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Crowdfunding is gathering momentum in India with a shift towards funding of creative projects. Yet, given our ecosystem, making the leap from fad to finance may be difficult.
Crowdfunding, a trend that allows people to connect online with the public for cash to fund their business ideas, is fast catching on in India. Effectively tapping into the power of the crowd are individuals or groups who want to raise money for social or charitable causes and, more recently, artists pursuing their dreams.
Recently, Fresh & Local, a movement to facilitate urban farming in Mumbai used Kickstarter, a website that has led the way in raising funding from the small donations of web users, and collected contributions of $6, 510 (against a target goal of $5, 500) for facilitating phase 1 of their project. They aim to transform 5, 000 sq ft of the terrace of a low-income housing society, situated in a congested area, into an urban farm thriving with organic herbs, vegetables and fruits. Rewards for the contributors (funders) depended on the cash they stumped up. Those who gave one dollar got a mention on the project's Facebook page.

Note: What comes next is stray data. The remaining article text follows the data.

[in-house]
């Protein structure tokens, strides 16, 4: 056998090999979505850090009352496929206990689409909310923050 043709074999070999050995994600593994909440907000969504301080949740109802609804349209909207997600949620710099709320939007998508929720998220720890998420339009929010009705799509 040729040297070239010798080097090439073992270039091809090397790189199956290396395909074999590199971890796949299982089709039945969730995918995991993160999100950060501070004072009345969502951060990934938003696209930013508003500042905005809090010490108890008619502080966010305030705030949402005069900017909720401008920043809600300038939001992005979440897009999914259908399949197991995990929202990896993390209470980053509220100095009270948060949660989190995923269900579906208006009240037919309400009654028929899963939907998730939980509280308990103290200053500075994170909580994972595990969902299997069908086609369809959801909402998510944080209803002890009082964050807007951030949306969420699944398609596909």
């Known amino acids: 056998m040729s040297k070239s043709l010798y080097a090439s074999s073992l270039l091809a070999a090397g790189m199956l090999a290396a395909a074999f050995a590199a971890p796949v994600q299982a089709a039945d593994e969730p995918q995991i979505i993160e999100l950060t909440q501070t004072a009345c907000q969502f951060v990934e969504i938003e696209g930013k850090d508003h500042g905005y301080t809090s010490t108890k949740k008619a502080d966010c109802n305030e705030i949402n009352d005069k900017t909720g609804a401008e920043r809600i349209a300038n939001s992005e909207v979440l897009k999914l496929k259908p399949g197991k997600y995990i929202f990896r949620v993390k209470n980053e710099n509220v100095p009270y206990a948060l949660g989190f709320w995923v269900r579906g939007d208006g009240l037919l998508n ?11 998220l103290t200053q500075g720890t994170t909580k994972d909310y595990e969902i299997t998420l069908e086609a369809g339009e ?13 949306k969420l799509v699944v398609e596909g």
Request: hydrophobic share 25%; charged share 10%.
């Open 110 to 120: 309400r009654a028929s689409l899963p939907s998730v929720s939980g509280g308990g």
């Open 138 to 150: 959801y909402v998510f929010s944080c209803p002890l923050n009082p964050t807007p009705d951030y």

The two supporters who contributed in the band of US$500 to US$999 got their name inscribed on the farm's tool shed.
Filmmaker Anirban Dhar, better known as Onir, put crowdfunding on the map when he raised Rs 1 crore for the movie I am, and the success stories have only multiplied since then. Srinivas Sunderrajan, a 28-year-old Mumbai-based film producer, successfully used the more India-centric Wishberry. in platform and found 85 supporters for his film Greater Elephant. He collected Rs 5. 28 lakh (against a target of Rs 6 lakh). The 37 supporters who contributed Rs 500 or less got a "thank you" mention on the film's official website plus regular email updates. The two supporters who paid Rs 1. 50 lakh or more got a mention as co-producers in the opening title.
Kickstarter, like most global platforms, adopts an all or nothing approach - the payment is collected after the campaign deadline only if the fundraising goal is reached. Since crowdfunding is in its infancy in India, Wishberry. in has slightly more relaxed policies. "We require people to raise 20 per cent of their monetary goal in 30 per cent of their chosen time period (which can be 30, 60 or 90 days) and once this milestone is achieved they can keep whatever amount is raised. If this threshold is not achieved, the money is refunded to contributors, " explains Anshulika Dubey, vice president, Wishberry. in.